While the country works to protect itself from COVID-19, some Americans are dealing with both the medical and financial impacts of the virus as health insurance open enrollment soon begins for many.
Outside Pittsburgh, Courtney Kohler's day-to-day life took a sharp turn in December 2020 after a battle with COVID-19 that landed her in the hospital.
"It was literally in the blink of an eye," Kohler said.
She says she learned she was in renal failure, and now with her kidneys not working right, anticipates needing a new one.
"It's been devastating. I went from pretty active, you know, I have two kids. I worked full time. We went to camp, we went kayaking. And now I sleep and go to dialysis and that's about it," she said.
While she wades through all the medical information of her new reality, she's also sorting through the bills that come with it.
We sat down with her as she showed us her medications and piles of paper.
"This is my daily cocktail of meds," Kohler said.
She estimates she's paid about $3,000 out of pocket. While she says health insurance and disability help cover most bills, looking ahead she expects the charges will keep coming. That changes how she and her family plan financially.
"I'm not working now so I'm not putting anything towards my retirement anymore. What little we did have started is gone, so now I'm thinking, well, retirement would have been 65 maybe — now it's 75 if I'm lucky," Kohler said. "We have college to pay for. Will that get done? Because everything's being pushed back now because I'm not even able to pay into that because anything that would have gone into it is going to have to go towards this now."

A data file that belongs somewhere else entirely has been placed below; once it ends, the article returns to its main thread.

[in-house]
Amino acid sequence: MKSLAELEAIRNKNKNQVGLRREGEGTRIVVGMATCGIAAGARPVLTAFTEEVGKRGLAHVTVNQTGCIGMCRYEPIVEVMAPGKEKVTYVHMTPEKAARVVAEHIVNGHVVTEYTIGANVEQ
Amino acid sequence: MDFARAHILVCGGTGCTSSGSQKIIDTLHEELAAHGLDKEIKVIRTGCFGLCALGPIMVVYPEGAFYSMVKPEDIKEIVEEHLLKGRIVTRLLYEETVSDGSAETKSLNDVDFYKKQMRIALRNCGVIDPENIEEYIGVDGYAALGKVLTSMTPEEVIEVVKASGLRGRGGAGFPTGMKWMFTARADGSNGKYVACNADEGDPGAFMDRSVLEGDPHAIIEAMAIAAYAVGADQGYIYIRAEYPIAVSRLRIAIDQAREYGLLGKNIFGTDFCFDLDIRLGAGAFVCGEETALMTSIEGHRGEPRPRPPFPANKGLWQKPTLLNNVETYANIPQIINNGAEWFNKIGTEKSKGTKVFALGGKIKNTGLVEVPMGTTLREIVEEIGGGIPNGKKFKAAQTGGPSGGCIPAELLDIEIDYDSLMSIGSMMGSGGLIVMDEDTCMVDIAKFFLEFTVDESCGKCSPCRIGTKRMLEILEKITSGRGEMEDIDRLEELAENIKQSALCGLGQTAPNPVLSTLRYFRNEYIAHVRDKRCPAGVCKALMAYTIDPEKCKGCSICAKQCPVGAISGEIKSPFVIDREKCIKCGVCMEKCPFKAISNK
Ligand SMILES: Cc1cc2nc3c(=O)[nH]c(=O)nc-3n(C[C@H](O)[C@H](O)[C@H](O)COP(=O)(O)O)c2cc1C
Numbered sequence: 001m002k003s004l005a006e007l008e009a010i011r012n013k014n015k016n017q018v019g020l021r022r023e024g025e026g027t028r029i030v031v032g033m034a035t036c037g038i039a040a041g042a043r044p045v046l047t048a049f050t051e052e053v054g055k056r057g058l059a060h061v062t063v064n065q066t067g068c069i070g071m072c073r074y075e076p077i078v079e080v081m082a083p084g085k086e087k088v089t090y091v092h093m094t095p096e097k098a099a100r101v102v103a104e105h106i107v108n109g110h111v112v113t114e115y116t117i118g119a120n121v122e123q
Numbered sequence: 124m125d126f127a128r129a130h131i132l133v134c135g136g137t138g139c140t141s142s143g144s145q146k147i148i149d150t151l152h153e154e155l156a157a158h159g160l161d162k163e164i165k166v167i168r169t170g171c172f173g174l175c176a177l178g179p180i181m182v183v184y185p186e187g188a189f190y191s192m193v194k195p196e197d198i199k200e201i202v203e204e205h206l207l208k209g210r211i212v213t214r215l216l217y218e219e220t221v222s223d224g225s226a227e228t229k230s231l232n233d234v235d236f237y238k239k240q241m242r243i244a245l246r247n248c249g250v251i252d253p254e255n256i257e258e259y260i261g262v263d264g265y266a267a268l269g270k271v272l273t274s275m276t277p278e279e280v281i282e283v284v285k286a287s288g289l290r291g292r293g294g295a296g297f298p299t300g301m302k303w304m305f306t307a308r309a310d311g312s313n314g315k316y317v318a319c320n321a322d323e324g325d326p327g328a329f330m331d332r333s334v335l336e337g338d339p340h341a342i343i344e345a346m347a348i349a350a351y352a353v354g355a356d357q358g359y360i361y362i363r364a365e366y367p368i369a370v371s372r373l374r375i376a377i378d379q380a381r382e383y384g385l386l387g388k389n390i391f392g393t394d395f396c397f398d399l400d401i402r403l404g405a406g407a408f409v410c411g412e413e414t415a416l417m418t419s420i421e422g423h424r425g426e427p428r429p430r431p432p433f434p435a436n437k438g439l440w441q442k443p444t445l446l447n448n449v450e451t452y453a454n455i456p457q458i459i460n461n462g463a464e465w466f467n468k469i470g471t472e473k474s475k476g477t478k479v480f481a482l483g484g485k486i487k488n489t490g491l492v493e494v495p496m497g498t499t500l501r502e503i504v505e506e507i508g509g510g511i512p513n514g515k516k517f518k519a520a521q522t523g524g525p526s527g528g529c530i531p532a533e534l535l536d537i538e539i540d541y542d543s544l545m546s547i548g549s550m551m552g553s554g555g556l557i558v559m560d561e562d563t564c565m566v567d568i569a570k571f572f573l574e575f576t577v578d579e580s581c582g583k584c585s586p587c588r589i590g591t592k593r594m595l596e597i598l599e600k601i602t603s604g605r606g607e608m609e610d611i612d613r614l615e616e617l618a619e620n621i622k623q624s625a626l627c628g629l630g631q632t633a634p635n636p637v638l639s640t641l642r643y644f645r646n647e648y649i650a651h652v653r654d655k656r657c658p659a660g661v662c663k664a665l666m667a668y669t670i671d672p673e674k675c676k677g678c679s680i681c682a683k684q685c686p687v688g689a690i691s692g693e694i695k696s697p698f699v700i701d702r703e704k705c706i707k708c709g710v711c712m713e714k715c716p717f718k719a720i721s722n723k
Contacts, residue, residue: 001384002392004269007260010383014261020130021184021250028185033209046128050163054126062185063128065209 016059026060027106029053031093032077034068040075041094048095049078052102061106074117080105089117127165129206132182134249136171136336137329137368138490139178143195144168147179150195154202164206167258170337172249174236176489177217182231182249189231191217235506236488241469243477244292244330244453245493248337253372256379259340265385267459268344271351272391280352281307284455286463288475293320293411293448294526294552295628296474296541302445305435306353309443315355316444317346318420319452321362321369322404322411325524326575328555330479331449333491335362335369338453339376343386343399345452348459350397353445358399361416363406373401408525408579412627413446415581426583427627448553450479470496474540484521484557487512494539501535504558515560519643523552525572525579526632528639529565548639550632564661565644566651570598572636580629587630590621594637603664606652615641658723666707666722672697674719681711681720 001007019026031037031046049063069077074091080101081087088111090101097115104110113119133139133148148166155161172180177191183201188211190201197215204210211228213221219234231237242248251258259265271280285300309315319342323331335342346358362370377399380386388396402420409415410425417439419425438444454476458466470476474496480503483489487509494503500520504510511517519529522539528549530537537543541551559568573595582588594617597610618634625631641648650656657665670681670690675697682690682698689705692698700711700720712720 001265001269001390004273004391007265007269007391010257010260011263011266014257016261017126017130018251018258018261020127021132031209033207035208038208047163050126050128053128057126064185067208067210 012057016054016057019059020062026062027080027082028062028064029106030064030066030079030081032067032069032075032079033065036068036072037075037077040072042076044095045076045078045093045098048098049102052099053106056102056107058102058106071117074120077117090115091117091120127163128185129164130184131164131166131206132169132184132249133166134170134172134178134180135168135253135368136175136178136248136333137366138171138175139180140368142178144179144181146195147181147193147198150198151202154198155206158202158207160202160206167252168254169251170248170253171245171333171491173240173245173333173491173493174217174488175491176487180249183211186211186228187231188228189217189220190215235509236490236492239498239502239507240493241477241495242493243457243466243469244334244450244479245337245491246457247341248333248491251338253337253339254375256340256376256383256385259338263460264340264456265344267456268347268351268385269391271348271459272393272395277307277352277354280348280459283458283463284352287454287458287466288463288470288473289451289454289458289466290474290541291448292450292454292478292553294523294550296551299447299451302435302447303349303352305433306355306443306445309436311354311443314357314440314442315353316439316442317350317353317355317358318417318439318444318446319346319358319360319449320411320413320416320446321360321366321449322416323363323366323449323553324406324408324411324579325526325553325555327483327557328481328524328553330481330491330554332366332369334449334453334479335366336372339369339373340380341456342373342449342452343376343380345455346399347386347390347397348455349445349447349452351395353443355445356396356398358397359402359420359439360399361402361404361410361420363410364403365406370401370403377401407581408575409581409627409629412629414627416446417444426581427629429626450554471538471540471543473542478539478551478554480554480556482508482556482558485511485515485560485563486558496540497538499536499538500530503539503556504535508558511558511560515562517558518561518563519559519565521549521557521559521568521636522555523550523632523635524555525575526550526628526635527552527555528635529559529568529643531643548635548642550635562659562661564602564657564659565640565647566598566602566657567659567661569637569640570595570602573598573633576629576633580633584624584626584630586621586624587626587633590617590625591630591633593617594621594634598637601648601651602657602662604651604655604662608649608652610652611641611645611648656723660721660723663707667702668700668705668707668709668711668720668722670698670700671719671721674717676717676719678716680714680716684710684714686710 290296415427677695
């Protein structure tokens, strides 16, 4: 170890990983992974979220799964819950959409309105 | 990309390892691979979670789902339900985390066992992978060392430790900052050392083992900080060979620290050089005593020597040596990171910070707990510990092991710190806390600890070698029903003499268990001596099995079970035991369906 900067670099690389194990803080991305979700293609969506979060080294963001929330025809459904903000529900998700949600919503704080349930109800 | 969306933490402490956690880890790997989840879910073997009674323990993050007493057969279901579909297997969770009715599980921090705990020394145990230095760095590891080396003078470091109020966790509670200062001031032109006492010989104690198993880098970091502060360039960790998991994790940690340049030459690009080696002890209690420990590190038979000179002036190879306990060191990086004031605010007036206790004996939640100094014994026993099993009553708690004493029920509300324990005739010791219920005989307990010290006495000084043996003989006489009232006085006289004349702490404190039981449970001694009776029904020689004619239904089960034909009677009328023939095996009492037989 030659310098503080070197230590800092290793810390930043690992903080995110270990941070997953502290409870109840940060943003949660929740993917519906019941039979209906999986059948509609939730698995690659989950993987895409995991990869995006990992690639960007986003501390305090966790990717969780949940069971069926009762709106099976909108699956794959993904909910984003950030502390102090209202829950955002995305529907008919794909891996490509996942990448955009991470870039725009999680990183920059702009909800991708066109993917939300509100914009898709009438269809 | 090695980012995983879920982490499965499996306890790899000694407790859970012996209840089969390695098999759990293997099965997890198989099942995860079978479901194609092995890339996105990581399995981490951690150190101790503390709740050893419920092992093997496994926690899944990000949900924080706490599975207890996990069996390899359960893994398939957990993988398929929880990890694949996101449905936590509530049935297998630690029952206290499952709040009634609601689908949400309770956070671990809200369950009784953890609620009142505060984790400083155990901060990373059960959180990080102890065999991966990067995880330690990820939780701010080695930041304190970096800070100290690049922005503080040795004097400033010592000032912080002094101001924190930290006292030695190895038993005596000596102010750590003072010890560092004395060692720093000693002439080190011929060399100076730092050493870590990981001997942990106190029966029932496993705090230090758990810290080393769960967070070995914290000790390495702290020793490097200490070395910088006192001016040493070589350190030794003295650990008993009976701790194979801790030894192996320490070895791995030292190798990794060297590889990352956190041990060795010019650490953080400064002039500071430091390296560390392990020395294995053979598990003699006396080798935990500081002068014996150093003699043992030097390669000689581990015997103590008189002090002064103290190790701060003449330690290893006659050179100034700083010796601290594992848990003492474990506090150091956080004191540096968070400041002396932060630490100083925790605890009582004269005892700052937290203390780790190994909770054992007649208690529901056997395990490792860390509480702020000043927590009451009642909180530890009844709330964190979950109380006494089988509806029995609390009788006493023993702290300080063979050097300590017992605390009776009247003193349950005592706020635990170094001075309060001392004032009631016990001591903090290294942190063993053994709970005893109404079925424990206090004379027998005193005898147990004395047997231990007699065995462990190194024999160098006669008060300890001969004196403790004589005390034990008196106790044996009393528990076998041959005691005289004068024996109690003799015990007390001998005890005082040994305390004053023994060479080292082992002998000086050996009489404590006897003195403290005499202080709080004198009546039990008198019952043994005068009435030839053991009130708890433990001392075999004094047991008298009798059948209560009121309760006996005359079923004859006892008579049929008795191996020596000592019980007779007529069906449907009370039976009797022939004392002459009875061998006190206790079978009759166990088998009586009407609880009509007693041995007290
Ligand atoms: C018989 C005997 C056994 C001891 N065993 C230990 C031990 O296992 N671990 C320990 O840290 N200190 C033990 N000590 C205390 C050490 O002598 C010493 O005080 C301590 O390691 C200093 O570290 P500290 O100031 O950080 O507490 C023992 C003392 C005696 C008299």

Recent cost estimates from FAIR Health find the average estimated allowed amount, what's paid to an in-network provider including from a plan and patient for COVID-19 hospitalization, is more than $30,000 and nearly $100,000 for a COVID-19 hospitalization with complexities.
"Early on in the pandemic a lot of insurance companies were waiving those costs, so if you got hospitalized or you needed treatment you would have zero cost-sharing. Well those days are over for the most part," said Sabrina Corlette.
Corlette is a research professor with the Center on Health Insurance Reforms at Georgetown University.
"Even as COVID costs go up, other costs are going down. So, so far anyway we've seen premiums stay relatively stable. That could change, however, over time," said Corlette.
An analysis of initial rate filings for some marketplace insurers by the Peterson-KFF Health System Tracker suggests the pandemic will not drive health spending next year.
"The exchange plans have subsidies based on the benchmark plan in that person's area and for that age group. And so based on the early rate filings that we're seeing, average premiums are decreasing because of the spending and utilization that hasn't quite rebounded. Because of this, people's subsidies may change, so lower premiums means lower financial assistance. So people may have to change their plan to get the same level of financial assistance or keep paying however much they were before," said Krutika Amin, an associate director for the Program on the ACA at the Kaiser Family Foundation.